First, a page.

My top tips for learning at university
When I started at university, I really felt that I had been pulled in at the deep end. It was so different from college with so many new things to learn. But I soon realised that everyone else was also making the same huge leap.
My name is Darja, I’m studying Sport Coaching BSc and here are my tips to make that jump to uni study so much easier!
- Get used to big lectures
- Prepare for seminars and practicals
- Get ready for tackling assignments
- Learn how to research
Get used to big lectures at uni
I found the way university teaching was structured confusing at first compared to college. It was completely different to what I was used to. In college I was in small groups of 20-30 students. University lectures teaching 50-100 students were a little daunting at first. I’d never been in room of so many people, but over time I gradually got used to it.
The best strategy which helped me get used to this was finding the part of the room where I could concentrate best. It’s useful to ask yourself whether you learn best by sitting nearer the front or back. At two hours long, lectures are also much longer than college lessons and involve lots more concentration, listening and note taking. The important thing to remember is to try to write down the key points, not everything and if you do miss anything, don’t panic! Remember slides and lecture material will be online afterwards.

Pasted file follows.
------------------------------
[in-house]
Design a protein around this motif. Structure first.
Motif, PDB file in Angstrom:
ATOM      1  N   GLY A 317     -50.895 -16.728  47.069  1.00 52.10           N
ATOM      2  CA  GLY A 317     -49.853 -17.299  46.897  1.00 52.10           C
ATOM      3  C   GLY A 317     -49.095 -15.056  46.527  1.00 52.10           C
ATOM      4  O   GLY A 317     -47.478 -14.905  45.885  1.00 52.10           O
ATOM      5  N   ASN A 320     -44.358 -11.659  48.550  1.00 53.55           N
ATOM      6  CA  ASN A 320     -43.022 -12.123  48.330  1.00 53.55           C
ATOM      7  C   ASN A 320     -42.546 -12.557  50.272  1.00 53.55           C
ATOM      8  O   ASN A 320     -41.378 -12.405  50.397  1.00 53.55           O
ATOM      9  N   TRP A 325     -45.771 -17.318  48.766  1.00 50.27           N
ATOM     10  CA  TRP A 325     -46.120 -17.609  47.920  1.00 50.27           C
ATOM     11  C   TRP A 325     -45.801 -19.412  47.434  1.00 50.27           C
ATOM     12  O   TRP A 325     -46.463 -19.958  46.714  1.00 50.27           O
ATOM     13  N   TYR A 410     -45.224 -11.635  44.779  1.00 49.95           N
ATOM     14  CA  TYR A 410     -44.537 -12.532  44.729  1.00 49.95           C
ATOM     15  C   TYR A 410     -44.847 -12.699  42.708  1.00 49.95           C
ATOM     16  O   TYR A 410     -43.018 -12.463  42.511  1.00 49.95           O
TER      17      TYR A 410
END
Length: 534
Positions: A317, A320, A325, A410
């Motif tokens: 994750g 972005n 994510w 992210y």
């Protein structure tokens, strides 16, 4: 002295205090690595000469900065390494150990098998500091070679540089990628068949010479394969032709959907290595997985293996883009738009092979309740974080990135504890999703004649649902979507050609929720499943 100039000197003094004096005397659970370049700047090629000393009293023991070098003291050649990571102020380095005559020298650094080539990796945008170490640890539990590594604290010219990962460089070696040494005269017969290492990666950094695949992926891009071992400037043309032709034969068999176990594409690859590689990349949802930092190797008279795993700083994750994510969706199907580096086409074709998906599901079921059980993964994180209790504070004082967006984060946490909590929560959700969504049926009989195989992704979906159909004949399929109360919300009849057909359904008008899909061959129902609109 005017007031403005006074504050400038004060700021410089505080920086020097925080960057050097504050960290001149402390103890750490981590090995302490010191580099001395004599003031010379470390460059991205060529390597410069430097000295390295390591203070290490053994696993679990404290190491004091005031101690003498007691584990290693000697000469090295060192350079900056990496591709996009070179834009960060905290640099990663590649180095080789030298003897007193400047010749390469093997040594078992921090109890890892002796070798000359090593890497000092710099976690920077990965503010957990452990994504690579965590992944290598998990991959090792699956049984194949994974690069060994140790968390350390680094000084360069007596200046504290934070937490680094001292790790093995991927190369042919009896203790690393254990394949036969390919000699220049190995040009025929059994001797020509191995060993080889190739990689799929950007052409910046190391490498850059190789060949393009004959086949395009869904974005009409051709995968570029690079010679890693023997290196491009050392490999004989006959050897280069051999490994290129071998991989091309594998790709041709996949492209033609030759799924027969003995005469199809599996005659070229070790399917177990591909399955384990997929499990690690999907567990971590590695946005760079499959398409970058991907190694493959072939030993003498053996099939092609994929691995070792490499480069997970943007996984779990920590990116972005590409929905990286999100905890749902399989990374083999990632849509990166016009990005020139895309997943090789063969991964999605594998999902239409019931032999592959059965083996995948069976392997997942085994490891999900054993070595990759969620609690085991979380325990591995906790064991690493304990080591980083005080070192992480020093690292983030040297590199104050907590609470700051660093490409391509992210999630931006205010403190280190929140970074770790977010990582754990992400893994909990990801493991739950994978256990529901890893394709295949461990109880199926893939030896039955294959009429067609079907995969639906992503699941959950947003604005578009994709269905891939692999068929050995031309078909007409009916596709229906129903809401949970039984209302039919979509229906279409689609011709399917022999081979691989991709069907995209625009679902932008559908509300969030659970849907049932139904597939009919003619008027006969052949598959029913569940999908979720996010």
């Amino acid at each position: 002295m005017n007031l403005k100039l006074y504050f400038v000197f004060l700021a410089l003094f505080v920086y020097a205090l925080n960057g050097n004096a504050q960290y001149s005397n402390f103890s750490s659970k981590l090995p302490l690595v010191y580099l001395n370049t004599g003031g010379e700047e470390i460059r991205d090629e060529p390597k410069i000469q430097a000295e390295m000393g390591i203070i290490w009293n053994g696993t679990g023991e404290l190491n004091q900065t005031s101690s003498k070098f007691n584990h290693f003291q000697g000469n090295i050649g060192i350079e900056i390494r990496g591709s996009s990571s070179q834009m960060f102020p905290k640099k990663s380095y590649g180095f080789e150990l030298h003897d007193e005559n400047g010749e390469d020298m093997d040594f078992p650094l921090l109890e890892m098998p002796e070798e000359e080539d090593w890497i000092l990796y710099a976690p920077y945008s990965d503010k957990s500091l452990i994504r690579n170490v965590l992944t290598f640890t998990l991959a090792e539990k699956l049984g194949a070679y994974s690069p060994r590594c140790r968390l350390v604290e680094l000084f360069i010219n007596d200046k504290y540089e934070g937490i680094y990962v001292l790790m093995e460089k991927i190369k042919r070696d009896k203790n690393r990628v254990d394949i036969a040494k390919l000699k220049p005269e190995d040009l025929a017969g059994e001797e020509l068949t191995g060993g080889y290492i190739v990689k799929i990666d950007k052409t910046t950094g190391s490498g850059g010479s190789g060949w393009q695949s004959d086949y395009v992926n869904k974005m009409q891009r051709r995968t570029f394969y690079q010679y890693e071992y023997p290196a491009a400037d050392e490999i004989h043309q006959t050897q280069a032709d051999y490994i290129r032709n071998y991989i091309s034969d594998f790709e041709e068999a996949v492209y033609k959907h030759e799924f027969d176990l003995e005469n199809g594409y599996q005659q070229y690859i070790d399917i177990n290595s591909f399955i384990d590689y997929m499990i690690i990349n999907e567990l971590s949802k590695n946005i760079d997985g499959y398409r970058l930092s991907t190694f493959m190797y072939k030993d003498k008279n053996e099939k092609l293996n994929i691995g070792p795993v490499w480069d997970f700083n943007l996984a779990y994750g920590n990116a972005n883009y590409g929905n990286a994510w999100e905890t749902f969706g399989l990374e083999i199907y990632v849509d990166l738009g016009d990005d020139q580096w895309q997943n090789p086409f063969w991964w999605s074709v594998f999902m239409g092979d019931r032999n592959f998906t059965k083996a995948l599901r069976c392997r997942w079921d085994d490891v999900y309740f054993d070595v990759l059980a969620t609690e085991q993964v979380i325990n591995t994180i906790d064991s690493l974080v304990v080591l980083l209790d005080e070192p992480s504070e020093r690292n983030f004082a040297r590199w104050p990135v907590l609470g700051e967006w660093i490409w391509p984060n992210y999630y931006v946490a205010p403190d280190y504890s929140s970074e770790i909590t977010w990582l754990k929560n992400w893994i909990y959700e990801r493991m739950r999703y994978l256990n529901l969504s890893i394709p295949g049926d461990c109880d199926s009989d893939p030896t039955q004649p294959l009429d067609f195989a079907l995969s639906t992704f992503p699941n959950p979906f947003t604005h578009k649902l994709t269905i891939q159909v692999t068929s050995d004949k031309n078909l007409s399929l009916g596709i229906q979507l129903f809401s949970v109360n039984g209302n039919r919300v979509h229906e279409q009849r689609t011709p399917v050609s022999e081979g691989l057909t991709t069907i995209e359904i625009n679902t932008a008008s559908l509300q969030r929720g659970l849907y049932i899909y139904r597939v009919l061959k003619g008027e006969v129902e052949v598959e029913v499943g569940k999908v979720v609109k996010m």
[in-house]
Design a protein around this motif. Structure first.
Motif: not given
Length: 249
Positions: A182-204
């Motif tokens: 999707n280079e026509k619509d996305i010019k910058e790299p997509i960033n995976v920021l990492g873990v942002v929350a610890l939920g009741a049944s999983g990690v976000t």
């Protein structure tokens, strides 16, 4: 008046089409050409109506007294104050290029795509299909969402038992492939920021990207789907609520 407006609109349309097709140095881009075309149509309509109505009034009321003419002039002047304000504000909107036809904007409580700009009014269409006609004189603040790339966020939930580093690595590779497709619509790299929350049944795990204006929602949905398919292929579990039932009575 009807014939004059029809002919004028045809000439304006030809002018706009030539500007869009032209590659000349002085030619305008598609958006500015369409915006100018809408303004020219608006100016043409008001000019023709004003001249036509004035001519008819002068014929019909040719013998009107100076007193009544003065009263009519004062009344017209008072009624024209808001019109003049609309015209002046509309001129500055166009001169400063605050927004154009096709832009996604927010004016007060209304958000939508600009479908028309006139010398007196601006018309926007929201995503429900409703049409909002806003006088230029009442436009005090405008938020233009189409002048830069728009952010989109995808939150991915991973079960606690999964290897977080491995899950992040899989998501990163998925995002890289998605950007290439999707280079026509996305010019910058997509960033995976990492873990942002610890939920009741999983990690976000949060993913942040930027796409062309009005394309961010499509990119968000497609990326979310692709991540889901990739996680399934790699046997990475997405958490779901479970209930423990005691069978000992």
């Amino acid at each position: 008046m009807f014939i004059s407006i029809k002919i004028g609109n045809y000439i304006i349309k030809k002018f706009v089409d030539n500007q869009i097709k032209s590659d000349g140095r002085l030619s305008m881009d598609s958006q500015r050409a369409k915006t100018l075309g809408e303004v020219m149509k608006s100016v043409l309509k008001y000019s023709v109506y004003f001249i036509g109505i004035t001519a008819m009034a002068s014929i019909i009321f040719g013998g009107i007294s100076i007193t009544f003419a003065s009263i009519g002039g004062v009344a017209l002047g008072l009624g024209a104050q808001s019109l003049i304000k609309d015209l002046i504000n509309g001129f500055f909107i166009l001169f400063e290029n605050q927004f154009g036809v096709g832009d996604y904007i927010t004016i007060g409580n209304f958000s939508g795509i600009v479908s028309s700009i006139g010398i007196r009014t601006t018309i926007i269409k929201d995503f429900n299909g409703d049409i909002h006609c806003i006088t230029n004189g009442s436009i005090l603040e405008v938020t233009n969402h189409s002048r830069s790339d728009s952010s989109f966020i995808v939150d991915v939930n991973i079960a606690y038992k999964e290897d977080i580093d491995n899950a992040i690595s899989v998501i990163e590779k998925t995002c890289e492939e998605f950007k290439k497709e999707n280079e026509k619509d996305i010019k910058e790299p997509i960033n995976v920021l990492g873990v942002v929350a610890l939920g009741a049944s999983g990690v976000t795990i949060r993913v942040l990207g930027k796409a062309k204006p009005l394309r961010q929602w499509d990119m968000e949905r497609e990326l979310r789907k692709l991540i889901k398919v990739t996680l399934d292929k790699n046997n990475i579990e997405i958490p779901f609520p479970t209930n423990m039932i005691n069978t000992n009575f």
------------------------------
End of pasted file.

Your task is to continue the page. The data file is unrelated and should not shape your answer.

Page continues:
Seminars and practicals at uni
But university learning doesn’t just consist of lectures. There is also lots of smaller group teaching, which is much more interactive: seminars with 15-20 students as well as practicals in some courses. For my Sports Coaching course, practicals consisted of hands-on coaching sessions, labs, placements and gym sessions, but this will vary depending on your course.
Tackling assignments at uni
One question lots of students have when they get their first university assignment is: how do I prepare for this? At first this can be a little tricky to work out. They can be very different to what you get at college. When I started, I didn’t quite know how to read academic texts, write in an academic style or reference assignments.
Learning to research at uni
I had a research methods module in my first term, which really helped me learn these skills. We also got a referencing handbook which was useful whenever I did get stuck. It is also useful to know that there are also bookable one-to-one study skills sessions at the university library if you ever need more help!
When I was at college, I also did an Extended Project Qualification (EPQ). This turned out to be excellent preparation for uni assignments. It taught me how to back up my own judgments with evidence and made me realise the importance of regular references. My EPQ also taught me another important lesson: university lecturers provide guidance, but they won’t directly tell you what to do in the same way a college teacher would. University learning is all about finding and arguing for your viewpoint with evidence. There isn’t necessarily a right or wrong answer!